Middleware brings simplicity to complex system, DIs CEO says

July 1, 2011
“Listening is what will drive better solutions — whether it is improving a sick-leave policy for employees or adding support personnel to serve the needs of our customers and partners.”

Mike Epplen


Data Innovations (DI),

South Burlington, VT

Vice president-product management and vice president-sales for a healthcare-integration product portfolio, Healthvision, Dallas, TX, 1997-2010; change management consultant, Andersen Consulting (now Accenture), 1993-1997.


BA in Psychology, Thomas More College,
Crestview Hills, KY;
MBA University of Cincinnati, OH.


Happily married to a clinical pharmacist who teaches
at the University of Cincinnati.
Four children — two boys and two girls — ages 6 to 12.
Hobbies include reading and coaching youth baseball.

A challenging and fun career.
As a child in Fort Mitchell, KY, I thought I was going to grow up to be a professional baseball player — until I realized I was not fast, could not throw, and had a hard time hitting a baseball. So, after refocusing, I gained an appreciation for the healthcare industry and its complexity. Later, I was lucky enough to become involved in an opportunity in healthcare software.

Listening leads to solutions.
“Simple ideas, better solutions” is Data Innovations' motto. We focus on putting our customers, partners, and employees first. This is very easy to say but hard to do every day, so we focus on the day-to-day execution of our simple ideas — from actionable customer and employee surveys, to continued investment in customer support, to research and development, while ensuring all levels of the organization are available to listen to concerns as well as compliments. Listening is what will drive better solutions — whether it is improving a sick-leave policy for employees or adding support personnel to serve the needs of our customers and partners.

Global reach.
We have exciting projects from Australia to Chile to France to Mexico and around the United States driven by quality products. We have a worldwide partner and customer network that expects our best practices and our technology to seamlessly support their operations and needs on a global basis. We have added staff across the company and have plans to continue to increase the laboratory expertise we can provide to our customers. In 2011 (after the company was acquired by Battery Ventures), we have focused on a message of “One company culture driving global growth.” The investment by Battery has allowed us to consolidate our management practices in North America, Latin America, Asia-Pacific countries, Europe, the Middle East, and Africa while operating locally to ensure everyone is pulling in the same direction.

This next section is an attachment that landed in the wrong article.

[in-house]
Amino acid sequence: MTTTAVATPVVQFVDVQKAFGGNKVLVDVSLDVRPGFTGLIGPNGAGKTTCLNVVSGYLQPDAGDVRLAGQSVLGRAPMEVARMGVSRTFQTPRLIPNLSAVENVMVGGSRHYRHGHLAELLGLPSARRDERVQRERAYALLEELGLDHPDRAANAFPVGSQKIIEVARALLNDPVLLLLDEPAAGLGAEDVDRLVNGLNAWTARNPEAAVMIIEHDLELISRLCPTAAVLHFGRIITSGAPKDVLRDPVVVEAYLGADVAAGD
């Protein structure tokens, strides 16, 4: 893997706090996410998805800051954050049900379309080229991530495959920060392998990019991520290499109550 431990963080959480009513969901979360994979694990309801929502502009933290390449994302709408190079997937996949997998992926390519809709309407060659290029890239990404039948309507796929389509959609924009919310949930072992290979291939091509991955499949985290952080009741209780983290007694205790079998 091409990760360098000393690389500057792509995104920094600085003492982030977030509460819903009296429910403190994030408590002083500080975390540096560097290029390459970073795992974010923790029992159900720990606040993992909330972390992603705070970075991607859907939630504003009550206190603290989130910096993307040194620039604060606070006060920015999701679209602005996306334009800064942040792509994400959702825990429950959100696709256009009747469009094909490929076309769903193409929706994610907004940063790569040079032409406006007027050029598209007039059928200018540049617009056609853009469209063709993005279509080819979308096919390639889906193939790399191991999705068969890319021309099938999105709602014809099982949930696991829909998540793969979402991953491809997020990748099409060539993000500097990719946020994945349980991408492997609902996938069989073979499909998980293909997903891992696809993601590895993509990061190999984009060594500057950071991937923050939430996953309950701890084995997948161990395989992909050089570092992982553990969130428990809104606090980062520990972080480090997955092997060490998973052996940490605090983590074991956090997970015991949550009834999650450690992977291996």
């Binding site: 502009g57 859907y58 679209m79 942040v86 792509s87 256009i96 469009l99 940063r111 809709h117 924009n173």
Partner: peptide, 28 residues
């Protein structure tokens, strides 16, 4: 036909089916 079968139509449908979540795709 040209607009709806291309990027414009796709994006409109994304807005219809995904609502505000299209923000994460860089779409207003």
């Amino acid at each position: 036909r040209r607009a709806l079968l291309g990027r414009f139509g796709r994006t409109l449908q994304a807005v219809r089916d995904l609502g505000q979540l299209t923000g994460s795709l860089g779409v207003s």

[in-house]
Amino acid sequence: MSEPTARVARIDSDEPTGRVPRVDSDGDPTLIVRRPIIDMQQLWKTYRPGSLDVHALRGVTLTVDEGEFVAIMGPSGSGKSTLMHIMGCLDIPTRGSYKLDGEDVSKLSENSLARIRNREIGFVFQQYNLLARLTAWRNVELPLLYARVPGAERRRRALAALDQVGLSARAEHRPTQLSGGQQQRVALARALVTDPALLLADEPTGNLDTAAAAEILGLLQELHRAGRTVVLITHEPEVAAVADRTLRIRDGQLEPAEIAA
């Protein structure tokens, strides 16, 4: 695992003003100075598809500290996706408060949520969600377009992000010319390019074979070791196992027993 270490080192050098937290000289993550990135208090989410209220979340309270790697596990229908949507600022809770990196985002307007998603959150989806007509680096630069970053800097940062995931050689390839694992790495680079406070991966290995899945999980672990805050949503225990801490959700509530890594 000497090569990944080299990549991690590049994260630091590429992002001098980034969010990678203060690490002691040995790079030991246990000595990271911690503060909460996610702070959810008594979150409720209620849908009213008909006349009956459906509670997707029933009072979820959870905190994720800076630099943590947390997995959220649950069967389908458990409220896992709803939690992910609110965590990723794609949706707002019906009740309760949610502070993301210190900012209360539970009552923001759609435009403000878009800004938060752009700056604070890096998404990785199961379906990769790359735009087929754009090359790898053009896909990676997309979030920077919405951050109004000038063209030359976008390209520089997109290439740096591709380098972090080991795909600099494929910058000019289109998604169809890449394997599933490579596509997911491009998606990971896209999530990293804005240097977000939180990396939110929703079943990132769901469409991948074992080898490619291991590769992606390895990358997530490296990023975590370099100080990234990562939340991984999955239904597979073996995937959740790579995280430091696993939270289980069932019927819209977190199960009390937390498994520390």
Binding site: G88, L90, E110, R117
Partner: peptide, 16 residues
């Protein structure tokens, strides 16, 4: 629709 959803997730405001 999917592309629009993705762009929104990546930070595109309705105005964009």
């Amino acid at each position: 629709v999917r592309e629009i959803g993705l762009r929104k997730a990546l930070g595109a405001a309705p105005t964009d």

Middleware gaining value.
DI built itself as a leading middleware provider with an unwavering focus. The need for middleware, in our humble opinion, only grows along with the ever-increasing complexity in the healthcare ecosystem. Whether that complexity is centered in financial models, clinical breakthroughs, or staff shortages, we help our partners and customers through our continued focus. To help the industry as it faces a growing shortage of lab personnel, DI educates our partners and customers to make them aware of the technologies that can facilitate increased automation — wherever each lab believes it may be beneficial and applicable. We also focus on the importance of retaining and growing our employees to ensure they see careers in the lab space to be meaningful and beneficial. Everything starts locally, and we work hard to help with the things we are able to do in our small part of the industry.

Lend a hand.
We look for ways to be a leader in the global community when we can. Recently, DI joined with one of our worldwide partners to get software and equipment to Christchurch, New Zealand, to help get one of our customers back up and running after the earthquake. Closer to home, we participate in the Penguin Plunge in Vermont to benefit Special Olympics.

Future laboratorians.
As a comparable example, it was not many years ago that there was a shortage of pharmacists in the U.S. — today that shortage has been resolved. Young people are smart enough to go where opportunities exist. To get young people to consider the medical laboratory as a career, we need to show them that the opportunity exists.